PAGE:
The Sigmund Freud Question
illustration by randall nelson

The Sigmund Freud Question

Revisiting the age-old Freudian question: What do women want?

To: Dr. Michael Krass, President
Contemporary Freudian Society
26 Court St. Suite 1412
Brooklyn, New York 11242

Dear Dr. Michael Krass:

March was National Women’s History Month, and this issue of Twin Cities Business is devoted to women in corporate leadership, so it seems like a propitious time to revisit the age-old Freudian question: What do women want?

With the possible exception of Macduff (who kills Macbeth), all of us owe life itself to our mothers. The arc of history, as written mostly by men, seems to gloss over this seminal point. That point has not been lost on stand-up comedians like Whitney Cummings, who said “Give me the back seat of a Taurus and some Sutter Home, and I can duplicate.” That is a comedic exclamation of the fact that if you want to get a job done, and it’s an important job, get a woman.

Most of us in business, if we are being honest, agree that women get it done. And, in fact, according to a new Monster survey as reported by CNBC, 64% of women agree that they could do their boss’s job better (47% of men have the same view). It can’t be the salary, because the Census Bureau figures show a continued wage gap between men and women.

Even in Minnesota, business and political leadership has been almost entirely male. Minnesota voters finally elected a female in her own right for a major statewide office in 1975: Secretary of State Joan Growe. She was frequently mocked as running a “housewives campaign.” Similar derision was faced by women who ran for federal office from Minnesota. Cornelia “Coya” Knutson was Minnesota’s first congresswoman, elected in 1955. When she ran for reelection in 1958, she was the object of the notorious “Coya Come Home” letter, allegedly written by her husband, Andy. The letter went on to hit the usual “housewife” points, urging Coya to “make a home for your husband and son.”

Today, Minnesota is one of the very few states where a majority of its congressional delegation is female, led by our two Democratic senators Amy Klobuchar and Tina Smith. The dean of the delegation is Democratic U.S. Rep. Betty McCollum. And the delegation is bipartisan, with Republican Michelle Fischbach representing the 7th Congressional District. Elected officials are often a reflection of our societal values, so particularly in Minnesota, we have made progress. Sports is another reflection of societal values and societal change (hence the importance of Jackie Robinson).

Fathers who are older remember their own high school days, when women’s athletics was basically limited to something called the GAA (Girls’ Athletic Association), but not rigorous interscholastic competition. Many of us, and certainly the undersigned, credit girls athletics and the implementation of Title IX with much of the reason for women’s political and business success. Baseball may be America’s national sport, but in Minnesota we are the State of Hockey. And the future of women’s hockey development in Minnesota is a societal reflection of resistance to women’s equality.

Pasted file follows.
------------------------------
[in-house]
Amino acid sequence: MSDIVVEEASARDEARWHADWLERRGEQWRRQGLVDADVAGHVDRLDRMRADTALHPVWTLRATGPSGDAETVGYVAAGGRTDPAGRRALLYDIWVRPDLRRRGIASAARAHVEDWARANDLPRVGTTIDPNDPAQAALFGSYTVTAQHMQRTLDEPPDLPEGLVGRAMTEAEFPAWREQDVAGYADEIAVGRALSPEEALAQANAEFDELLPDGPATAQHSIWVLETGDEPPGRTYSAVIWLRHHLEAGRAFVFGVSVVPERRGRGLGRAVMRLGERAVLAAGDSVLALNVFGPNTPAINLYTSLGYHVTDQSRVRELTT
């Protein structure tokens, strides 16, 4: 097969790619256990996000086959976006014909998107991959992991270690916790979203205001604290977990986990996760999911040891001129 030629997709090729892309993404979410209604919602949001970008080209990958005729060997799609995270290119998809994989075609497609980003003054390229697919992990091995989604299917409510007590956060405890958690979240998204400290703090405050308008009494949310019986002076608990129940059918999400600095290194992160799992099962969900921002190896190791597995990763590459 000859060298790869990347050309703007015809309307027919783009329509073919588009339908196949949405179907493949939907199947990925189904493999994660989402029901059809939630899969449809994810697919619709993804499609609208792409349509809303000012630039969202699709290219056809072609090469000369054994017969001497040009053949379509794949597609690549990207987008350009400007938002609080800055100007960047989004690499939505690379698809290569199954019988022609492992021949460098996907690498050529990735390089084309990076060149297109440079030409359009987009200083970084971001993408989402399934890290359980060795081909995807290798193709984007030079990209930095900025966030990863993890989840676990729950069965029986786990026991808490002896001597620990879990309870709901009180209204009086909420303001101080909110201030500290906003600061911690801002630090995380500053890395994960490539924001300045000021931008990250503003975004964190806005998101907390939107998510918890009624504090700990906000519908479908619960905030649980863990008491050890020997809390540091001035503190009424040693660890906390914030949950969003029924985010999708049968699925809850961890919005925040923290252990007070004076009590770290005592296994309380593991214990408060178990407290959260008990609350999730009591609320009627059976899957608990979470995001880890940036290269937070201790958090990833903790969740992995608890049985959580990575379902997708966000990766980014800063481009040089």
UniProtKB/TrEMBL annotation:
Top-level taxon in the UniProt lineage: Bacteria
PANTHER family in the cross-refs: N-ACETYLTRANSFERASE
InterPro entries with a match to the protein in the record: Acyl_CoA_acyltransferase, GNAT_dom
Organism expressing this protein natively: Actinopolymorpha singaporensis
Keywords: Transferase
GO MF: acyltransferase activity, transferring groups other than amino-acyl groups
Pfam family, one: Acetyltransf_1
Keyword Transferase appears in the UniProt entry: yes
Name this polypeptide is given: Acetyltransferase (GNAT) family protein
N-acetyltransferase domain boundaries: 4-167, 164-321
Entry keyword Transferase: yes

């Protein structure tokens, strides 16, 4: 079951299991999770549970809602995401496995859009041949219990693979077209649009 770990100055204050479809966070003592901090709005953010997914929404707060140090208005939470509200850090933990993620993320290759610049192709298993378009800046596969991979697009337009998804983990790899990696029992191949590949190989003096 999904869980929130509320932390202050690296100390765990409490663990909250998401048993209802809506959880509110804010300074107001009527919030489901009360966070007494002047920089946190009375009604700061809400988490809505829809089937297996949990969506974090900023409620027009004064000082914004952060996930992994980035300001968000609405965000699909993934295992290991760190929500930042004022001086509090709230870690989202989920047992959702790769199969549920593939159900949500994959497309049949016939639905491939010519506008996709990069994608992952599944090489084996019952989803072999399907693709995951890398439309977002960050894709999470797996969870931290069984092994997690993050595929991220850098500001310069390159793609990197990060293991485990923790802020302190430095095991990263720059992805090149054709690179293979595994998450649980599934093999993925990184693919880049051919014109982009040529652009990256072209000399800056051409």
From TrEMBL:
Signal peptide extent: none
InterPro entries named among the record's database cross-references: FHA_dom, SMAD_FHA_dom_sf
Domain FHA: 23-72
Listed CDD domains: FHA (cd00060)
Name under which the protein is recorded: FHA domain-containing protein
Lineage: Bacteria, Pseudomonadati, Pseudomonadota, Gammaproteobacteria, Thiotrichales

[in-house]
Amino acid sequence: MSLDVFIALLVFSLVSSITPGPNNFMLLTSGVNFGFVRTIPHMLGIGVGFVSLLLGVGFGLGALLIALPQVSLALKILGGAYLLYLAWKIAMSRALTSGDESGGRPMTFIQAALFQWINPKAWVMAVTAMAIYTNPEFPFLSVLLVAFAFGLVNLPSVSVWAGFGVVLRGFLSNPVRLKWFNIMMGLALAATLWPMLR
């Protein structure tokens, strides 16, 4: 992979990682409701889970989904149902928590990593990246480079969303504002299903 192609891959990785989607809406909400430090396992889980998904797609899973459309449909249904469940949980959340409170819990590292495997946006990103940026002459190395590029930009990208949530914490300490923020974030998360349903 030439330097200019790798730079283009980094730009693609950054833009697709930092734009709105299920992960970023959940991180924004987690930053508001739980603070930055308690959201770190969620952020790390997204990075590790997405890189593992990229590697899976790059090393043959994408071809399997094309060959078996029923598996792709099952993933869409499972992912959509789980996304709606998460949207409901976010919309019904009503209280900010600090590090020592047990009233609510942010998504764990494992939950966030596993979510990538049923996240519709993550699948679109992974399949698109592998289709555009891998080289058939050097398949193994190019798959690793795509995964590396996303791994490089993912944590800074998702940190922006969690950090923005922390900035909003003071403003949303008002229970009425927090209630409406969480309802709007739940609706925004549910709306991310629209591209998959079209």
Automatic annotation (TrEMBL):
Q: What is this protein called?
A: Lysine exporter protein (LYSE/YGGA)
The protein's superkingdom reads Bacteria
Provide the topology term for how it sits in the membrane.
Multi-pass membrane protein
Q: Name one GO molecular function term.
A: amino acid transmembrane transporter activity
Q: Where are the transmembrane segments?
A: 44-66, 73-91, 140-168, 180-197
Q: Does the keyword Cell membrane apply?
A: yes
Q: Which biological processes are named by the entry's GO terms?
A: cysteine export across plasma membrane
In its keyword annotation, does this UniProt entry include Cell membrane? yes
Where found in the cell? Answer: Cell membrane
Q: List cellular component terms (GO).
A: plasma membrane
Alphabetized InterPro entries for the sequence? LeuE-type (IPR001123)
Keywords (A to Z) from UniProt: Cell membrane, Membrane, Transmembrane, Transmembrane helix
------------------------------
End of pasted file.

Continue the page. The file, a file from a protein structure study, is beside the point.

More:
Efforts were made to get the Minnesota State High School League to recognize women’s hockey as a varsity sport. By 1987, there were 150 girls hockey teams registered nationwide with USA Hockey. One commentator remembers that the male hockey coaches, with arms folded, refused to consider the idea of competitive high school women’s hockey. In order to meet this pressure, the Minnesota State High School League recognized, for women only, the game of ringette. We won’t belabor why this was totally inadequate: The name “ringette” says it all.

Finally, on Feb. 24, 1995, the first-ever state high school girls hockey tournament in the country was held at Aldrich Arena in Maplewood. Today, the Minnesota State High School League Girls Hockey Tournament is held at the Xcel Energy Center (home of the Wild) and typically attracts between 15,000 and 20,000 fans over the course of the tournament. And, of course, the Minnesota State High School League Hockey Tournament is the largest youth sports tournament in the country.

Men know that team sports build leadership, teamwork, and the ability to persevere in competition even in the face of “unfair” referee calls. Almost any male in leadership is able to recall a team sport experience they had in their youth. And now women, and particularly women who play team sports, have the same life experiences. The undersigned once heard an executive say that they could always tell if a female job applicant had played competitive sports because that person looked them in the eye and not at their shoes.

So, this all brings us back to the Freud question. Our lexicon lacks any famous psychoanalyst, philosopher, or cultural commentator asking the question “What do men want?” That question has never been asked. And so today, in part due to women’s athletics and women’s success in the political arena, we know the answer to the Freudian question. What do women want? Never to be asked that question again.

Sincerely yours,
Vance K. Opperman, a hockey dad

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